This also raises the question as to why Peter would be so willing to forgive and trust Doc Ock merely because he played for him his own “greatest hits?”  After all, Peter never forgave the Green Goblin for killing Gwen Stacy and the Lizard for eating his own son; yet here, he’s willing to let bygones be bygones to someone who, in shown his previous appearance, threatened every man, woman and child on the face of the Earth, who wanted to go down as “the greatest mass murderer of all time.”  Furthermore, why would an egotistical megalomanic like Doc Ock,
prior to his eventual "conversion," even want to take over the body of Spider-Man, much less pretend to be him?  Even if it was to save his own life, wouldn’t he find the act of essentially becoming both Peter and Spider-Man degrading, especially since everything he would be doing as both Peter and Spider-Man would be giving them “credit” for his own accomplishments?  Considering how Amazing Spider-Man #699 reveals one of Doc Ock’s contingency plans was creating “robotic duplicates” one has to wonder why (other than because the plot said so) didn’t he just transplant his mind into one of those instead and save us the trouble.         

Amazing Spider-Man #700, p. 12
Is there anything at all to like about “Dying Wish” and Amazing Spider-Man #700?  As a matter of fact, yes.  While artist Humberto Ramos is an acquired taste, this is, in my opinion, some of his best work, and that even though the character design choices are sketchy, the way he depicts the action sequences and panel layouts is comprehensible and fluid.  Every scene Slott writes with J. Jonah Jameson is also pure gold, with his standing up to the Scorpion being the high point, reminding readers that, for all of his bluster, he cares enough to lay his life on the line for his family.  I also particularly liked the ironic role-reversal in that Jonah finally recognizes "Spider-Man" as a hero, unaware that he is now championing Doc Ock who, hours earlier, Jonah had branded a failure and a loser.  Finally, Peter’s momentary out-of-body experience where he encounters all the people who have died over the course of the series, including his parents and Gwen Stacy (although I find it rather dubious that the Rhino is also in Heaven) is touching, and Peter's obligatory reunion with Uncle Ben is quite poignant, already preparing the reader for Peter's adventures as Spider-Man to have a genuine sense of finality.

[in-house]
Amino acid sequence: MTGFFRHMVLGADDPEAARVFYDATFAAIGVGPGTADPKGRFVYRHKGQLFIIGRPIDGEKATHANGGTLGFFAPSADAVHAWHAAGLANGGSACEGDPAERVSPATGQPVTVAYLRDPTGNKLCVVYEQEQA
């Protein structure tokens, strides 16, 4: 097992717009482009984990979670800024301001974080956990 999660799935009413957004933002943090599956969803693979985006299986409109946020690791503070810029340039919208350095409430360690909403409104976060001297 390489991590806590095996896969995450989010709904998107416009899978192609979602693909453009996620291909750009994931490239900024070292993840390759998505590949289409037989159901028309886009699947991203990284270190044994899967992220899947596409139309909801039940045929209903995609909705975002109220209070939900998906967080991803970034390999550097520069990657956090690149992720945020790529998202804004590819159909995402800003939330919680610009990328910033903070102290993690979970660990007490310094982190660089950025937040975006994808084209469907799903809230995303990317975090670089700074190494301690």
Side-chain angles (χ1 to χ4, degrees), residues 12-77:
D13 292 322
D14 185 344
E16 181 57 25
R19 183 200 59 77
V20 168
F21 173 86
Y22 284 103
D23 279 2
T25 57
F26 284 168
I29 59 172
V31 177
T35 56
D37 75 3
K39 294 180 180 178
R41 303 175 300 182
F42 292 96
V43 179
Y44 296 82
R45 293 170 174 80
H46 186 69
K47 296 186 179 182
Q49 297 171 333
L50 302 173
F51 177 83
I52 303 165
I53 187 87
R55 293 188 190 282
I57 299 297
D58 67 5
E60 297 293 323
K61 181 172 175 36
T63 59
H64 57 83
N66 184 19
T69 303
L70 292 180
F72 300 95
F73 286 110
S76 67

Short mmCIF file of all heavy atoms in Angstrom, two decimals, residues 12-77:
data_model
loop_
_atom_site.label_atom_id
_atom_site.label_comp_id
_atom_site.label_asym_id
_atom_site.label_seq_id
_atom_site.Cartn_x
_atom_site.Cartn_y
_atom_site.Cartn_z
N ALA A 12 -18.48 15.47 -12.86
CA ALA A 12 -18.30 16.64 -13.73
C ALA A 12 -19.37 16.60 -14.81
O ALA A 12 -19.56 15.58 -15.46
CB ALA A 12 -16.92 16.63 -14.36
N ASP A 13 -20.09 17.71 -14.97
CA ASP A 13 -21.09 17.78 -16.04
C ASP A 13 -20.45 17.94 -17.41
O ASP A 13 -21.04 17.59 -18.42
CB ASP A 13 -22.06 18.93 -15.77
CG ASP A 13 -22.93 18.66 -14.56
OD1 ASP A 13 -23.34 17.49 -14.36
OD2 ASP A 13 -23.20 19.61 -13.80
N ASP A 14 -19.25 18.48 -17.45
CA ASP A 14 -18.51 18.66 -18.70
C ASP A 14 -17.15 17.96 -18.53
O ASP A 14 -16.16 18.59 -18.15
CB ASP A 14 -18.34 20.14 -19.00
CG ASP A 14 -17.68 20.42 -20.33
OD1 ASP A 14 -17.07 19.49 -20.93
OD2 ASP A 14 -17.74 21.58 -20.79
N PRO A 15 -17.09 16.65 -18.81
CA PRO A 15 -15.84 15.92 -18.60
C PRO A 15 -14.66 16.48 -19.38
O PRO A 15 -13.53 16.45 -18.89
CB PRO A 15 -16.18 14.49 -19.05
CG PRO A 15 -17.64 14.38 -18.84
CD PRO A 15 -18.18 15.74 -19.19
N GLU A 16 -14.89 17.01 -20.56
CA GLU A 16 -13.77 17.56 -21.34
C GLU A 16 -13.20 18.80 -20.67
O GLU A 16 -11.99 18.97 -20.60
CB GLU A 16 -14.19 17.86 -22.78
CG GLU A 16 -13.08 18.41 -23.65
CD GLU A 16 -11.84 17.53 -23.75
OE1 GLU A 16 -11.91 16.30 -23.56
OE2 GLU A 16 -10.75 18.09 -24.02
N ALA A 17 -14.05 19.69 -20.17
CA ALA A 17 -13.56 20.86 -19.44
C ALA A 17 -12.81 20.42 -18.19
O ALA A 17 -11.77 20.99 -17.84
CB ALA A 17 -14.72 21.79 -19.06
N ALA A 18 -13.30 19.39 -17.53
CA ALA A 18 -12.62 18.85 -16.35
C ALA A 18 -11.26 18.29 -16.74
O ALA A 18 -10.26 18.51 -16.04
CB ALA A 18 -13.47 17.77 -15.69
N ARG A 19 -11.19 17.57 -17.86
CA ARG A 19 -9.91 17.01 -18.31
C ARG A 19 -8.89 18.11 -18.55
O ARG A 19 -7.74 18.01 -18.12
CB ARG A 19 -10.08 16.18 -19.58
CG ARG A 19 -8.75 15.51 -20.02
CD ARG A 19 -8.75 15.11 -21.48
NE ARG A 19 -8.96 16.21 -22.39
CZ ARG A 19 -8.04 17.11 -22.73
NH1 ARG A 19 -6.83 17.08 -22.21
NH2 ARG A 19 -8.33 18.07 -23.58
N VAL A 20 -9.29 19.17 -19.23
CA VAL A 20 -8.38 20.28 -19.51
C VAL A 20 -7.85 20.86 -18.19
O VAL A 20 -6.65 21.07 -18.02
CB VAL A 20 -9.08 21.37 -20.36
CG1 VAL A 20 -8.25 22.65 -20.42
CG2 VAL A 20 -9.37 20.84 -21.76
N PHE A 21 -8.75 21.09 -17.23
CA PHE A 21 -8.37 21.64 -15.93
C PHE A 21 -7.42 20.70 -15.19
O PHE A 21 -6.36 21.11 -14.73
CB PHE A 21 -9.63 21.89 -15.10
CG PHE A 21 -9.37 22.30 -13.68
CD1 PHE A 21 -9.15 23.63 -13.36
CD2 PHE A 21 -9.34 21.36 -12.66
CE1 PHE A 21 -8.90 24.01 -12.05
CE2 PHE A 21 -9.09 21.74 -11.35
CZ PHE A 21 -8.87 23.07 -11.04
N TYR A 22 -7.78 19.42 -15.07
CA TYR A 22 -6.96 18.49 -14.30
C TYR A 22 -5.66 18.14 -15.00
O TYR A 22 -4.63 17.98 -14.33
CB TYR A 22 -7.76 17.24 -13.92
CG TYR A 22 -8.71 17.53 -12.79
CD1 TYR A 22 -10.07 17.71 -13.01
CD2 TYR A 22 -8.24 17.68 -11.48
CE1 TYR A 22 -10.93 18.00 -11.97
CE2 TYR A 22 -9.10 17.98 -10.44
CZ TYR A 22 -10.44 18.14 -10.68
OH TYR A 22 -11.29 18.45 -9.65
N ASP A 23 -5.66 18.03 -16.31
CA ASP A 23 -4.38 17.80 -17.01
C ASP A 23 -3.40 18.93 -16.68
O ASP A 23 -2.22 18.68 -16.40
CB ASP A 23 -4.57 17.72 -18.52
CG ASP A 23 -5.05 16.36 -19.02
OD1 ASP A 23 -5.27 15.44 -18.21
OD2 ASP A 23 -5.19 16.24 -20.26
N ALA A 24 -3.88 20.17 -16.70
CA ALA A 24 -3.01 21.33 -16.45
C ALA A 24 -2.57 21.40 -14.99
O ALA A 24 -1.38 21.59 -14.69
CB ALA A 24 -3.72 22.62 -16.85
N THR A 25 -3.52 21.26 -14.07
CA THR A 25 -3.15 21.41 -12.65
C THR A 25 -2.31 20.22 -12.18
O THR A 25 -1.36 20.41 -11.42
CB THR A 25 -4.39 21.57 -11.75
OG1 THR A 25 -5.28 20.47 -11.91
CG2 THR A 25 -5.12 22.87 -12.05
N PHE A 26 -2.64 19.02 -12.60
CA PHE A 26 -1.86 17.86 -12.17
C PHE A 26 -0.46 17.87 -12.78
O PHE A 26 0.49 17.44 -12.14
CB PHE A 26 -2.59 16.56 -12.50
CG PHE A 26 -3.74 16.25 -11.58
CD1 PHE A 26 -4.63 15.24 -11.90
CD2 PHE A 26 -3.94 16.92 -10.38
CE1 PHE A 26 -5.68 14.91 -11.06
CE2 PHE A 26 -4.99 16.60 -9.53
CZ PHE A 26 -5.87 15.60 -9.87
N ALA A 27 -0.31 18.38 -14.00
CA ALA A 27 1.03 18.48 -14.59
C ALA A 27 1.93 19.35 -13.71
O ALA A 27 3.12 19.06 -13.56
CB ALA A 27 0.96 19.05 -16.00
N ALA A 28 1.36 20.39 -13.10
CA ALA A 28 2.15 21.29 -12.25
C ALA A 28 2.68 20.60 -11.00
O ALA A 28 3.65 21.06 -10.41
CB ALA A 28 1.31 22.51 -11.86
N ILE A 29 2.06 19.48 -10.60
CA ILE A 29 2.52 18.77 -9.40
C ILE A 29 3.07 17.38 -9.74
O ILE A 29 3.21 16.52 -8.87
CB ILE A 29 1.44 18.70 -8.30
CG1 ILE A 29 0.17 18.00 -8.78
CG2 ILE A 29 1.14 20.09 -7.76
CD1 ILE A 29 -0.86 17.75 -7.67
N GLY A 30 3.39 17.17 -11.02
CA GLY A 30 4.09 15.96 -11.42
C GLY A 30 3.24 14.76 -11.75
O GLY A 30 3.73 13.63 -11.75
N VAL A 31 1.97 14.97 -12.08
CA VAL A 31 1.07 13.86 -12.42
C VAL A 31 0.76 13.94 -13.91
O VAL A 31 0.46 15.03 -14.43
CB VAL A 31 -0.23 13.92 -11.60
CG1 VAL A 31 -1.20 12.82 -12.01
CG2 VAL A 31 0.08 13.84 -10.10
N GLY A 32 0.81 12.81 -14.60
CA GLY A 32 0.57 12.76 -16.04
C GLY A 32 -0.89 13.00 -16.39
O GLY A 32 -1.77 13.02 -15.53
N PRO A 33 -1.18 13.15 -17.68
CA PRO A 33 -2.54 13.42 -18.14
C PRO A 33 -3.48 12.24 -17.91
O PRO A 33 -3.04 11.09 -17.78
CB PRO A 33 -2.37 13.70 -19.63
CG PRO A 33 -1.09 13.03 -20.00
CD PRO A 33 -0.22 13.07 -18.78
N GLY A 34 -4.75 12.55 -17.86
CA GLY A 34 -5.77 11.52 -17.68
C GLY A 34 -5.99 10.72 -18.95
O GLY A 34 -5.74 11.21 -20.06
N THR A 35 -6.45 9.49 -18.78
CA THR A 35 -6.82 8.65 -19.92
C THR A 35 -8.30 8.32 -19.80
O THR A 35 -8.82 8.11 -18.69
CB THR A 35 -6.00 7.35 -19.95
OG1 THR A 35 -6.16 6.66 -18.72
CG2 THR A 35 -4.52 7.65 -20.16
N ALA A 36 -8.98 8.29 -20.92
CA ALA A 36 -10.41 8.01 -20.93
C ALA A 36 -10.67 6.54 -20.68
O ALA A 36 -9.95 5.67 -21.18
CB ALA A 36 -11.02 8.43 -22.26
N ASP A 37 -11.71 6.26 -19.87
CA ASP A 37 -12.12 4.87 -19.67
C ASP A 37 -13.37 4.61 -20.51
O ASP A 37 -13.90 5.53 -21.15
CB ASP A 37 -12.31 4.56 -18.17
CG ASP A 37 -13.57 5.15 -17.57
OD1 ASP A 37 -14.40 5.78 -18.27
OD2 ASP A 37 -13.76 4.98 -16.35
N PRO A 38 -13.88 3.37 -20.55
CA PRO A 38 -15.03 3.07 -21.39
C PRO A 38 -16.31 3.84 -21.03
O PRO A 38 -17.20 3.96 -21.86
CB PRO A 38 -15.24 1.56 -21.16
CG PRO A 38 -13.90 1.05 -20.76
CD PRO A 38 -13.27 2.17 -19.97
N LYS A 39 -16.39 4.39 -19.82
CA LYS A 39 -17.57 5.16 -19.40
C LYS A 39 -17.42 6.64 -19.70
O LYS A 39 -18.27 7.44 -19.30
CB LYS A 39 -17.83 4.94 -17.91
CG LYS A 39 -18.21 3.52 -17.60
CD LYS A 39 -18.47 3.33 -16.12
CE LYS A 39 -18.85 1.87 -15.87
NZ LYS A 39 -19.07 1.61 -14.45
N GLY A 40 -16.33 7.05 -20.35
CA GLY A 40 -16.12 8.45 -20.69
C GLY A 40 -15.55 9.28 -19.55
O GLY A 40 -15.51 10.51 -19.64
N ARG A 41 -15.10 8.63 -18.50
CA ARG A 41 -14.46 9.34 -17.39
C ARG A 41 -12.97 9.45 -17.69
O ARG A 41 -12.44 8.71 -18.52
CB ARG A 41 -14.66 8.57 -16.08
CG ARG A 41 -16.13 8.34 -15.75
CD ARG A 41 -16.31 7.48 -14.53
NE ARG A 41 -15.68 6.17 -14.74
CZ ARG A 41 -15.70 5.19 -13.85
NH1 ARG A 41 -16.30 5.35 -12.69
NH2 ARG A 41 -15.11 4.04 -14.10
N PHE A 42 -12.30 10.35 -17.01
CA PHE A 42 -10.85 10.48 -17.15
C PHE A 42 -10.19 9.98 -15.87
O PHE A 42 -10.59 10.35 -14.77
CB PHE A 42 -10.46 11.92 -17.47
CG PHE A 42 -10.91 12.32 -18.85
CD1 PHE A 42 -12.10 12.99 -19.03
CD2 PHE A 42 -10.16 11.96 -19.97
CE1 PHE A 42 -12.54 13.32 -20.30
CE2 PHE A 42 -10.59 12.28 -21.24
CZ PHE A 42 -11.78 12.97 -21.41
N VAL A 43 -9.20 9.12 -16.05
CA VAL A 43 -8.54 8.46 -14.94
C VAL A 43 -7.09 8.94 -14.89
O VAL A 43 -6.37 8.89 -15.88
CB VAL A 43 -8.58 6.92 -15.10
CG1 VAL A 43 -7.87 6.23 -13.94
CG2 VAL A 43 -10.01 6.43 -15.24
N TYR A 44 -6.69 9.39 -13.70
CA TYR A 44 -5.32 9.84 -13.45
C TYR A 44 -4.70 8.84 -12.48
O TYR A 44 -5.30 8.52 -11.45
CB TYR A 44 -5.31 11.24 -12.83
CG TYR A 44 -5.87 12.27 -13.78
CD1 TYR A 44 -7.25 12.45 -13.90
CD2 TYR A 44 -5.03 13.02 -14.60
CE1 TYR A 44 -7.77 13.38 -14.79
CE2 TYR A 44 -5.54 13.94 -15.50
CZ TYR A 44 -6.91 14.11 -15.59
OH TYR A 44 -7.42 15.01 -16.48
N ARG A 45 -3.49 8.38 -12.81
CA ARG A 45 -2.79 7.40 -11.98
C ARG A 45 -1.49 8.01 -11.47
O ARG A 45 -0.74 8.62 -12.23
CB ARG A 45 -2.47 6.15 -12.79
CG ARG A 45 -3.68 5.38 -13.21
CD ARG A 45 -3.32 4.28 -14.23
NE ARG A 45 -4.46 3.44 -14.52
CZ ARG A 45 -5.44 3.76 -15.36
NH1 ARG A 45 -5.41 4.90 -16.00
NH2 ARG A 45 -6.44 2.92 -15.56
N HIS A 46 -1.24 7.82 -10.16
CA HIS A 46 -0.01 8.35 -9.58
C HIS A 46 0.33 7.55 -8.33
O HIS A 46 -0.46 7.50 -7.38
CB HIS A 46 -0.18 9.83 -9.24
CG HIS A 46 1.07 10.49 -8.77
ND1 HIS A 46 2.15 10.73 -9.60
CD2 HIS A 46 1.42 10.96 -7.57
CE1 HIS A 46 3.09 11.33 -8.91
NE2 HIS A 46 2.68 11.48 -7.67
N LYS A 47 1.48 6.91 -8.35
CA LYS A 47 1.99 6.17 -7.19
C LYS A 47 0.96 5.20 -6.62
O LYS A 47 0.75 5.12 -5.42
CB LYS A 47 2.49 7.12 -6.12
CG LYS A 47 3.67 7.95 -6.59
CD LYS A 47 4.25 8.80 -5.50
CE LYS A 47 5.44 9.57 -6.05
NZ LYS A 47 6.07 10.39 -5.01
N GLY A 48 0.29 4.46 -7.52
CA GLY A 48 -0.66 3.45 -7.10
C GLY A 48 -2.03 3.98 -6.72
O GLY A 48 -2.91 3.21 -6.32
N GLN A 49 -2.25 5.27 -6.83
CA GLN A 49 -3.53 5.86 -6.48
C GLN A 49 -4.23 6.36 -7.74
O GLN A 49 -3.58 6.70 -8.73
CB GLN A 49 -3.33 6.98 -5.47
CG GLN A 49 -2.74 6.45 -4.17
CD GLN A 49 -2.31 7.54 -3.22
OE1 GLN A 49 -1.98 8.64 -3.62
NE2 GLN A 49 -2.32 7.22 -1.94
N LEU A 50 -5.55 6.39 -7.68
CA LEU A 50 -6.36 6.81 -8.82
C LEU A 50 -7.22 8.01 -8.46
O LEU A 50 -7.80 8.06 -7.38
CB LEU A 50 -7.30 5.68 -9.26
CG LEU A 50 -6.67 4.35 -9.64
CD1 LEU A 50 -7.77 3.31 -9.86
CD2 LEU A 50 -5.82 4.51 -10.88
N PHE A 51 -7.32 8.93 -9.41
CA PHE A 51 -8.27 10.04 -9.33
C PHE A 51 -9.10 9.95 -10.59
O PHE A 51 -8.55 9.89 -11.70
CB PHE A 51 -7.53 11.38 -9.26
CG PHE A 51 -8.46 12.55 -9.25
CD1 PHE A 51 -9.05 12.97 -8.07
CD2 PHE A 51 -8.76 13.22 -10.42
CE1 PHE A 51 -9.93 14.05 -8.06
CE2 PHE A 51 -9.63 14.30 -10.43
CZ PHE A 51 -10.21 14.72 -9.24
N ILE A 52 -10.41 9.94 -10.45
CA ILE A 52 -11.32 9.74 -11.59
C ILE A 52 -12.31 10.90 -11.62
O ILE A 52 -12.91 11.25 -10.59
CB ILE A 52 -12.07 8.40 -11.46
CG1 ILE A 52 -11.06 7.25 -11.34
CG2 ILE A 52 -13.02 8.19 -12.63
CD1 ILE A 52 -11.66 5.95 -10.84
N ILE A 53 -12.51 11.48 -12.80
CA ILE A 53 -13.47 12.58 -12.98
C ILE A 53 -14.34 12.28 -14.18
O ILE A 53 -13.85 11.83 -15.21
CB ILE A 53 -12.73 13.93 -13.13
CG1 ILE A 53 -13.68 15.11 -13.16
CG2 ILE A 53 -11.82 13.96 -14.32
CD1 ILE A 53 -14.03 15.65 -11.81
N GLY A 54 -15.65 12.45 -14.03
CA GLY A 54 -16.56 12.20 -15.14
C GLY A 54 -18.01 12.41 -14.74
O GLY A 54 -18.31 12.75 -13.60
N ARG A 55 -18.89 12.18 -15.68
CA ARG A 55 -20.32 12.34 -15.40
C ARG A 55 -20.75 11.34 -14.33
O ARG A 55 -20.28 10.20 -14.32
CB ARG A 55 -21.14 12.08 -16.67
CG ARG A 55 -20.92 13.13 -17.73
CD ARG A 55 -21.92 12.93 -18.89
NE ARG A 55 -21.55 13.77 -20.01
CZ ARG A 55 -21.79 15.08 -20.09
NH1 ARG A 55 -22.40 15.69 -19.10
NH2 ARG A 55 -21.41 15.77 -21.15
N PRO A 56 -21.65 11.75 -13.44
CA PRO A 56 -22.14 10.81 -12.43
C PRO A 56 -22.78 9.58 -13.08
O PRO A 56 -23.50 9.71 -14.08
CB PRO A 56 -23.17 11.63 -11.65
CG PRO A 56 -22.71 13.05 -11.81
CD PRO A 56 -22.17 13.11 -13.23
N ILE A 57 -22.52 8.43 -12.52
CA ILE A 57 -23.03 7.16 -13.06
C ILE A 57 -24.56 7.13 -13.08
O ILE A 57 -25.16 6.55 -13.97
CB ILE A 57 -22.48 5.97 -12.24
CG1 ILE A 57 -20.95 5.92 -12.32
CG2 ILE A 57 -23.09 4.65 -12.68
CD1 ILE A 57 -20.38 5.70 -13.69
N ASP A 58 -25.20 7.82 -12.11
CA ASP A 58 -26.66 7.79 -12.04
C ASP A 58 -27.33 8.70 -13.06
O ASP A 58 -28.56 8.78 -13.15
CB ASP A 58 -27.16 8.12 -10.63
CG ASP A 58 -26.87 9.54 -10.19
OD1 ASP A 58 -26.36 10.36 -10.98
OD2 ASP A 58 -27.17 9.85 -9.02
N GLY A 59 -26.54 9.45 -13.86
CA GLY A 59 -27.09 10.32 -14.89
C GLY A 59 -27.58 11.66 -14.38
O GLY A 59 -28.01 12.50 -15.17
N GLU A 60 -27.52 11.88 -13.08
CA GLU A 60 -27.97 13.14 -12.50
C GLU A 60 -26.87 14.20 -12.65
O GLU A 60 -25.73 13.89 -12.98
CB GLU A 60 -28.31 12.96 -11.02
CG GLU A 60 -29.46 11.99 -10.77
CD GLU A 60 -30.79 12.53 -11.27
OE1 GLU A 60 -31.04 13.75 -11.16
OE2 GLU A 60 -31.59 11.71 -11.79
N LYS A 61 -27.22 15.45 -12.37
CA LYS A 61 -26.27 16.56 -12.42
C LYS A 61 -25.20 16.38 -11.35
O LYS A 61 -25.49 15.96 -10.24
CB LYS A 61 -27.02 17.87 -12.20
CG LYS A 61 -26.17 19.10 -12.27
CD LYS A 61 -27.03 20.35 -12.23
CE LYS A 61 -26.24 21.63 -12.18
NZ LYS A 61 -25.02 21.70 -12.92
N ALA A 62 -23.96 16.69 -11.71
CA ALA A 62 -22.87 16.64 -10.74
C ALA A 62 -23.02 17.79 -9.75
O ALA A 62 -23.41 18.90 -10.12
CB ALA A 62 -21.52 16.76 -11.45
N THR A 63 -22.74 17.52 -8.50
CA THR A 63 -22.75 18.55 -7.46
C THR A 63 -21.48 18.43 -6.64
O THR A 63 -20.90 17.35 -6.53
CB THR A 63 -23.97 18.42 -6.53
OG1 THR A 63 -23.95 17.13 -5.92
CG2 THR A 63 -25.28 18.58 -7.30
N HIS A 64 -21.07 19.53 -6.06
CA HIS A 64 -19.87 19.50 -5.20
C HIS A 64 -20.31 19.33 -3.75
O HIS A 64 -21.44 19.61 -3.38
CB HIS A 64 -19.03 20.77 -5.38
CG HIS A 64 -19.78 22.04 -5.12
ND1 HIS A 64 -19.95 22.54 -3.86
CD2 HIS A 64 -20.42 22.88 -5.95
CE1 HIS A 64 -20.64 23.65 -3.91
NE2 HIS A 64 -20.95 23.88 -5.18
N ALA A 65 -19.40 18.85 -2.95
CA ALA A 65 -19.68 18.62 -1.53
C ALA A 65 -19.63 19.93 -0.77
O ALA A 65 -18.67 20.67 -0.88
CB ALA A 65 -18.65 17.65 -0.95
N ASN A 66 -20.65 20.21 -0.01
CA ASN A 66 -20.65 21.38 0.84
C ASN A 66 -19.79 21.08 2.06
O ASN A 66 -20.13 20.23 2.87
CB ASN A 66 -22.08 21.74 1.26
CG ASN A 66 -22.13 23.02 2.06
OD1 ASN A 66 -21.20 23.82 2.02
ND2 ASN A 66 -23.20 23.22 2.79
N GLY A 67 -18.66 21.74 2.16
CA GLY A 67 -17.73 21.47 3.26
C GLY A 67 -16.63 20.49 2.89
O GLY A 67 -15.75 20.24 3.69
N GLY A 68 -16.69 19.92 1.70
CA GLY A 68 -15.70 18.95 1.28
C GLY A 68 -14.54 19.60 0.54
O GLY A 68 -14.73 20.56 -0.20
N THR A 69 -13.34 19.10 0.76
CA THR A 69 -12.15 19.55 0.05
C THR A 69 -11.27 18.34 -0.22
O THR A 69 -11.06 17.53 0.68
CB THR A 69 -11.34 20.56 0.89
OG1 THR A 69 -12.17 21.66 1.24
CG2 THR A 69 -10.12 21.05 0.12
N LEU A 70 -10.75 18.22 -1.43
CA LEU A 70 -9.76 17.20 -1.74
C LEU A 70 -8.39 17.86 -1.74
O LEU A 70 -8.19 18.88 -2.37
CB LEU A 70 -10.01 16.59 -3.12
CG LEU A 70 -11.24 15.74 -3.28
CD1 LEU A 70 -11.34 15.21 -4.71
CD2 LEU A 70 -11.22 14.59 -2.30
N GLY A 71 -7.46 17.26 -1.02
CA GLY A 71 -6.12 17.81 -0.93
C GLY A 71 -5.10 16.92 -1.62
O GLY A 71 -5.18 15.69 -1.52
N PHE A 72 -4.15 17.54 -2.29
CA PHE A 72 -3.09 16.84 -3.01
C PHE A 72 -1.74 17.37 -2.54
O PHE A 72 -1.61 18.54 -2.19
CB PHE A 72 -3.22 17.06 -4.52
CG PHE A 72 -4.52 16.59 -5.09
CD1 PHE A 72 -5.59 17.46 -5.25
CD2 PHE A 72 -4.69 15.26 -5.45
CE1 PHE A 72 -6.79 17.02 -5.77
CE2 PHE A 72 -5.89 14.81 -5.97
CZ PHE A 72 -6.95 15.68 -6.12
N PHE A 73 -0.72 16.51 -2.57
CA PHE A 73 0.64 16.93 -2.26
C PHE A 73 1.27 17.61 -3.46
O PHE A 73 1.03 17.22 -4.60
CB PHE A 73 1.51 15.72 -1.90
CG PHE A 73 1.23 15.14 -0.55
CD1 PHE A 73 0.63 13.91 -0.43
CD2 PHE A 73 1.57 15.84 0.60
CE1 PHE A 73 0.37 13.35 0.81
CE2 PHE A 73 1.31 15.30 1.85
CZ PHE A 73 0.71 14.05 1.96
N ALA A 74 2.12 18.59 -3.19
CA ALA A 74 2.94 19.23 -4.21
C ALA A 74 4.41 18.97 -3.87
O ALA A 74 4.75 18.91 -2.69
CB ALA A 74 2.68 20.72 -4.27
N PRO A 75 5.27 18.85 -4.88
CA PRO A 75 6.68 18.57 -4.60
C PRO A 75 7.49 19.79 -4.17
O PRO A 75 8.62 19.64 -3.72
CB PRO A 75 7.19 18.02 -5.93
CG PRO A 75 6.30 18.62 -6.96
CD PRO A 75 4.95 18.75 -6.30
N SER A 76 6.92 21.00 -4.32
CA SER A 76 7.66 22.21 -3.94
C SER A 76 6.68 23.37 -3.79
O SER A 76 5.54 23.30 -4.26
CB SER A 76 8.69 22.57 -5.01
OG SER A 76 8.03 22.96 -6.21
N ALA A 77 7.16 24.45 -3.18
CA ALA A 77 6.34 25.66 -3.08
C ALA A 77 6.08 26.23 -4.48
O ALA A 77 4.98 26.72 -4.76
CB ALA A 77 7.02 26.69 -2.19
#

Contrary to how Marvel is promoting this issue and forthcoming Superior Spider-Man, I'm not operating under any illusions that Peter Parker will be gone for good.  Too many comics, movies, cartoons, video games and toys showing a Spider-Man who is still Peter Parker suggest otherwise, and I wouldn’t be surprised if the comics have Peter make a “triumphant and miraculous” return just in time for 2014’s Amazing Spider-Man 2.  Also, I don’t see how a status quo such as this could be in any way sustainable.  During the Clone Saga of the 1990s, Marvel was forced to explain to confused readers who “Ben Reilly” was, how he was really the real Peter and that the Peter they followed for so many years was really a clone.  Here, we'll be  having a series staring a character who looks like Peter, has the same memories as Peter, who everyone believes is Peter, but who is in fact not Peter but Doc Ock.  Once again, Marvel faces the undoubting task of having to constantly explain what happened--why Doc Ock is now Spider-Man, how he got into Peter’s body, why he’s a good guy and what happened to the real Spider-Man--instead of moving forward.